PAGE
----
Bil’s rating (out of 5): BBB.5.
United Kingdom/Italy, 2019. Netflix. Screenplay by Anthony McCarten, based on his play. Cinematography by Cesar Charlone. Produced by Jonathan Eirich, Dan Lin, Tracey Seaward. Music by Bryce Dessner. Production Design by Mark Tildesley. Costume Design by Luca Canfora, Beatriz De Benedetto. Film Editing by Fernando Stutz. Academy Awards 2019. Golden Globe Awards 2019. Las Vegas Film Critics Awards 2019. Toronto International Film Festival 2019.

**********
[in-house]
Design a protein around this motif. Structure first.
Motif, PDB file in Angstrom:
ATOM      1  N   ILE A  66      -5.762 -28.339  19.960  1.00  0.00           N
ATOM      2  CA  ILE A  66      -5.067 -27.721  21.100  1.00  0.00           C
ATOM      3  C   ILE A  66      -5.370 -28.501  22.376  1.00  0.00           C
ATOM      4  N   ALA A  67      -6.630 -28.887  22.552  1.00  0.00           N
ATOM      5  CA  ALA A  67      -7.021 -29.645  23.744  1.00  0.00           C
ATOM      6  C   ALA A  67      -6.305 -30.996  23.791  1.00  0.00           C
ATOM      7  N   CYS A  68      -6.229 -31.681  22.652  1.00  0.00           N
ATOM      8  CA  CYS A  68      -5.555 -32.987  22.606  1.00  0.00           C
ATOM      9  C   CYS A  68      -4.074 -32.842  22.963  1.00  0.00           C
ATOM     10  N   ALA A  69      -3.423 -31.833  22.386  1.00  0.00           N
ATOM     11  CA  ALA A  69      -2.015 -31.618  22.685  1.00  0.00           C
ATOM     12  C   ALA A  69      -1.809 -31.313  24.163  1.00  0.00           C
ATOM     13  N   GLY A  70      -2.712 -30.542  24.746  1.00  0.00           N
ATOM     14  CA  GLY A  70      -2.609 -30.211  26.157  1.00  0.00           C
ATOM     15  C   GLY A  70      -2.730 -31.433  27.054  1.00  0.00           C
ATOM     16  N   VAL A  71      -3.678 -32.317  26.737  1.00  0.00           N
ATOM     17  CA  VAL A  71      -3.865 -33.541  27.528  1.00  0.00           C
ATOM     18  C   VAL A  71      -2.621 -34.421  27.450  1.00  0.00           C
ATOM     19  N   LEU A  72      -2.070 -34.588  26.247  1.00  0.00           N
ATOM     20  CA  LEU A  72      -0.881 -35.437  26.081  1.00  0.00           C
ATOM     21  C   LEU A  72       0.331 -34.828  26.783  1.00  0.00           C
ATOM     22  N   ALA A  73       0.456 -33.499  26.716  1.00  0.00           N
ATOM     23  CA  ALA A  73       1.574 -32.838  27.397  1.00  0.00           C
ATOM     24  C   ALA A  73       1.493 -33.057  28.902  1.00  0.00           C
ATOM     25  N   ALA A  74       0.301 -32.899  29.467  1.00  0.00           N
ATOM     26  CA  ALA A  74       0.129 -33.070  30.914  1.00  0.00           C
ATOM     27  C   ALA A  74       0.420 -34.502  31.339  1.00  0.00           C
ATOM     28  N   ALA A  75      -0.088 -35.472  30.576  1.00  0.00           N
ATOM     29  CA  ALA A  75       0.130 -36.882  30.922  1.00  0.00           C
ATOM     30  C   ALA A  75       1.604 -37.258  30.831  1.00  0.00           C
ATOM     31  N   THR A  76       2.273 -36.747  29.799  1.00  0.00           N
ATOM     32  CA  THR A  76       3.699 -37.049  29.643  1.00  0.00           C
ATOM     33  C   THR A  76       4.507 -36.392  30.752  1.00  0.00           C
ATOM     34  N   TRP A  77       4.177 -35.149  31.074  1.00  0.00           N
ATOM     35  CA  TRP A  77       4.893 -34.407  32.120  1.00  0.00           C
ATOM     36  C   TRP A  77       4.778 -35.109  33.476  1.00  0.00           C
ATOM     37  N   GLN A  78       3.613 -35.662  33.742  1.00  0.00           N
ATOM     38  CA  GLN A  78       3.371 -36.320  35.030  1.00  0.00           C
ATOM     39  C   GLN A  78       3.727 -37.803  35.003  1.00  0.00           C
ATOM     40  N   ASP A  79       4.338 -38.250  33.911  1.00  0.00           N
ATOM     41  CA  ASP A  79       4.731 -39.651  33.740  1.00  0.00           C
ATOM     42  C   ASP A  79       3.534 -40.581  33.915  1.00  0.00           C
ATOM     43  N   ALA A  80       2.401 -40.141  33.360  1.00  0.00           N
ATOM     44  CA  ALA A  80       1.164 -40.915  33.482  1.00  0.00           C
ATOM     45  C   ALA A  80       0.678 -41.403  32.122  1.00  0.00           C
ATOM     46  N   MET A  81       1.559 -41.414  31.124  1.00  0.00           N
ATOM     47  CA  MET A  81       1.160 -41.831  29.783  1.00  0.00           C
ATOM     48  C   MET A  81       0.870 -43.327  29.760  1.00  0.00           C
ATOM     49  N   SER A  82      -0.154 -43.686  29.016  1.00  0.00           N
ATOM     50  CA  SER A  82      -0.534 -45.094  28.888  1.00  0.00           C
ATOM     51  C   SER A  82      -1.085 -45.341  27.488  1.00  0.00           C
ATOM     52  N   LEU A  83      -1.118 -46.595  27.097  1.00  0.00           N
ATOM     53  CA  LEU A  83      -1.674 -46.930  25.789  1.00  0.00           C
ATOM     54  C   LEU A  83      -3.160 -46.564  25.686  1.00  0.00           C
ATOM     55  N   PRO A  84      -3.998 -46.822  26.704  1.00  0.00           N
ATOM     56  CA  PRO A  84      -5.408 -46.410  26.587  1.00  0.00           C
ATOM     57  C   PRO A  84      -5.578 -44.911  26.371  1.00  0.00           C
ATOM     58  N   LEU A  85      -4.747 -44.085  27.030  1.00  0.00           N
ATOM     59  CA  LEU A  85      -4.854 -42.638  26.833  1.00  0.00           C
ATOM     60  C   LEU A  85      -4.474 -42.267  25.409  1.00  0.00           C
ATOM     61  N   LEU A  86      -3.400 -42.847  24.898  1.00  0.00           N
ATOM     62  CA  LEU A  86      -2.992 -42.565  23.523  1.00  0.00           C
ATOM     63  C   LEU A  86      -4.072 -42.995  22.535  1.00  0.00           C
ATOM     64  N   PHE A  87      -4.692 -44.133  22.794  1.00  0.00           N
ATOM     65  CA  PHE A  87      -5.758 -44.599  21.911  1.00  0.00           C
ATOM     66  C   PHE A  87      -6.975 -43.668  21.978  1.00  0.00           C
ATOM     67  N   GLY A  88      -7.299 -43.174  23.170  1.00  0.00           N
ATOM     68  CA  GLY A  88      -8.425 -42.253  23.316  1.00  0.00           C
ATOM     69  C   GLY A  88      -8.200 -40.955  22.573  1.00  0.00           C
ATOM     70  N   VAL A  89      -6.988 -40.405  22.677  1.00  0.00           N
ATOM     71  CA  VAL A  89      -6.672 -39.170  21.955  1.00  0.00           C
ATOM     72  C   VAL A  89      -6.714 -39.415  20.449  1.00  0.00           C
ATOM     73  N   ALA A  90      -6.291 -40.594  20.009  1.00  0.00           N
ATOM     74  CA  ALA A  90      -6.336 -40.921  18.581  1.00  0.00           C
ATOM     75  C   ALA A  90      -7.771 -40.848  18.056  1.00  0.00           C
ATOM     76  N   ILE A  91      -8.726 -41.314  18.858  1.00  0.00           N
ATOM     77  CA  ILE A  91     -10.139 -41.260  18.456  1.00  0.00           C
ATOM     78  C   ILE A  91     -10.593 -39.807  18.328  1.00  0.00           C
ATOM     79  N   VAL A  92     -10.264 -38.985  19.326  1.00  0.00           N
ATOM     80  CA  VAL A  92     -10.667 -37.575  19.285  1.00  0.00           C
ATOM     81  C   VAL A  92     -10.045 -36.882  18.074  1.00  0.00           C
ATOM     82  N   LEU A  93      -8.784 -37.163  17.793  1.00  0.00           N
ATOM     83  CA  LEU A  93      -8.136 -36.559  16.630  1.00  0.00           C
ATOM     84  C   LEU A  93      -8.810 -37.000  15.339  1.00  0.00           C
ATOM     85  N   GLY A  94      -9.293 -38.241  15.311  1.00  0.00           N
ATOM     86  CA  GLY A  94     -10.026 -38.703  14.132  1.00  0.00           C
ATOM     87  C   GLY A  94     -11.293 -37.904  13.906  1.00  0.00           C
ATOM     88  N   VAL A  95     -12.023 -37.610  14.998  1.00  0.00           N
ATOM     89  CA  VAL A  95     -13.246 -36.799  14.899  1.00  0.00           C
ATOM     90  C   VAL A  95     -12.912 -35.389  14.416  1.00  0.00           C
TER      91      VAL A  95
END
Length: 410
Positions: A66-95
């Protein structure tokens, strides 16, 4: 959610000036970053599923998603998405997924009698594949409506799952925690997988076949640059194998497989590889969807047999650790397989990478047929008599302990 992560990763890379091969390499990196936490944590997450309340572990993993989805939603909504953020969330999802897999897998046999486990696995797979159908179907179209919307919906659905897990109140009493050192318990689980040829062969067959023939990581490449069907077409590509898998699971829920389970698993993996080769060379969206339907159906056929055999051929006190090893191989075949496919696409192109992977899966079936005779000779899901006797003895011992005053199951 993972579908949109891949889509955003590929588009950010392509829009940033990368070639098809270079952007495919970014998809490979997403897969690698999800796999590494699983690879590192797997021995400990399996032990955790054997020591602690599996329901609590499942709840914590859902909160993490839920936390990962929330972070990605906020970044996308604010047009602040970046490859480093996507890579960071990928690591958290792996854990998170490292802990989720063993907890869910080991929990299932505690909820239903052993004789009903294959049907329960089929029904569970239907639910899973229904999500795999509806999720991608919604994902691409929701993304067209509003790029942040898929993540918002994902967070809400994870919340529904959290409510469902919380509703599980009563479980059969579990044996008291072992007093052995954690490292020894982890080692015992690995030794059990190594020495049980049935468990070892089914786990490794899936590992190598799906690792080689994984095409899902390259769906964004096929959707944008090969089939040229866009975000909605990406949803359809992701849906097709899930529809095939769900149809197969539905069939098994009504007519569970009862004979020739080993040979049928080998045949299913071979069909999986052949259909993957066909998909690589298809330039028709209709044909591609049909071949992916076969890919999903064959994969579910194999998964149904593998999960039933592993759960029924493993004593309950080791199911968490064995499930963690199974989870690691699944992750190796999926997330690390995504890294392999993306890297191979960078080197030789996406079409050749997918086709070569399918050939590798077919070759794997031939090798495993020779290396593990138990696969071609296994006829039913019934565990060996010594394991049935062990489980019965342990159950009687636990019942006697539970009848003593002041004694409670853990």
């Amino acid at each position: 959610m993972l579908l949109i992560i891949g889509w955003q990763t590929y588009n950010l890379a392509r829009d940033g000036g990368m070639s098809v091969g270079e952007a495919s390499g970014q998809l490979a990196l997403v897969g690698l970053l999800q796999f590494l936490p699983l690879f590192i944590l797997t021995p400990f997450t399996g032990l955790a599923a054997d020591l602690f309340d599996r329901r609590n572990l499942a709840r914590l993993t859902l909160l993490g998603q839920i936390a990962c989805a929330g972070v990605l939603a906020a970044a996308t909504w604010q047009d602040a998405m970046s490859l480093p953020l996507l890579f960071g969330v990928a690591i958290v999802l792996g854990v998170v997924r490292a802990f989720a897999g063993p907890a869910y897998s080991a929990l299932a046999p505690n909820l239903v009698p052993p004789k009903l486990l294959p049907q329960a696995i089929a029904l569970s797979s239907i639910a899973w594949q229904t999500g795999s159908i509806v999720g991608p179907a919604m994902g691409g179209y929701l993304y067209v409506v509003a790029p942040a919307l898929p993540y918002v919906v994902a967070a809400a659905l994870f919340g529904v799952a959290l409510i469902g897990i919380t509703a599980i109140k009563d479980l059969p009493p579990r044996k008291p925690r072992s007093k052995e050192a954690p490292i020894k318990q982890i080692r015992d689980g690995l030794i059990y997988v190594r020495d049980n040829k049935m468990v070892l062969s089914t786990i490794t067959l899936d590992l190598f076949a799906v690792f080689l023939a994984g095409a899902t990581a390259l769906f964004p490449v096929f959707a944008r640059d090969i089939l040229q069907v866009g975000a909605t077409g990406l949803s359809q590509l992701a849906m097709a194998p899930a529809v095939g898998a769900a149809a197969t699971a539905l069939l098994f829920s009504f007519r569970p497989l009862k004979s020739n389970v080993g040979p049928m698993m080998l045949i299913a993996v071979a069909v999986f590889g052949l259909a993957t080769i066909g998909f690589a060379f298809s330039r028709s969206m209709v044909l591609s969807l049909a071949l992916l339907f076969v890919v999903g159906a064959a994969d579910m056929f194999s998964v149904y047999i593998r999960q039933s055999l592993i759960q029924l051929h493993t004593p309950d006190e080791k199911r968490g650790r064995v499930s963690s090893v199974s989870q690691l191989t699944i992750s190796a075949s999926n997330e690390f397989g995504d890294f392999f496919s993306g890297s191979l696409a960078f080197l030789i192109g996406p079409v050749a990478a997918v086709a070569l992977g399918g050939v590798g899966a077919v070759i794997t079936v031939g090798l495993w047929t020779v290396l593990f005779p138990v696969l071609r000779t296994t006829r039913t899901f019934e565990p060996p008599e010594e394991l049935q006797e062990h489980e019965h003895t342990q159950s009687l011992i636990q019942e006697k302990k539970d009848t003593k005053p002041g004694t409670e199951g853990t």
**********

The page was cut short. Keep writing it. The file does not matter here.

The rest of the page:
As witnessed in Nanni Moretti’s hilarious We Have A Pope, the death of the current head of the church of Rome often creates a crisis of succession, pulling together a gathering of cardinals from around the world who hope to high heaven that they are not the ones chosen for the seat of St. Paul. The death of Pope John Paul II in 2005 brings to the Vatican City, among others, Cardinal-Bishop of Ostia Joseph Ratzinger (Anthony Hopkins) and Cardinal Jorge Bergoglio (Jonathan Pryce), both of whom are in the mix for the gig. Ratzinger is selected and makes for a controversial choice, considered a backward step for the Catholics who were hoping to see the church move into the new millennium with all its helpful contraception and friendly homosexuals. Eight years after taking the job on, the now consecrated Pope Benedict XVI asks for a private meeting with Bergoglio, who hops a plane from Buenos Aires to the bright and beautiful Palace of Castel Gandolfo, the Pope’s summer residence. Bergoglio is hoping for a response to his request to resign, his involvement in the Vatican Leaks Scandal has convinced him that it is time to give up his position, but Ratzinger has other plans. At first drawing him into innocuous conversations about football and jazz (including scenes that let accomplished pianist Hopkins show off his skill), the pope eventually gets to his real mission for their meeting: he has no intention of letting Bergoglio resign, and plans to do so himself. This would make him the first man in this position to not leave his post in a coffin in approximately eight hundred years, as he insists that he is plagued by fatigue and doubt and that Bergoglio is the future of leadership in the Catholic Church. At times very smart, at other times a bit sluggish, this intelligent two-hander isn’t exactly the Vatican answer to The Crown but it marks a return to form for director Fernando Meirelles, who hasn’t had a critical hit since The Constant Gardener. It also marks an exciting return to prominence for Hopkins, who gives one of his most electrifying performances in years and brings dimensions to a man who has been reduced to caricature in the history books. The flashbacks to Bergoglio’s past and his regrets over his actions during Argentina’s Dirty War make for some very touching elements to the story, while the cinematography is gorgeous and the ending is dynamite.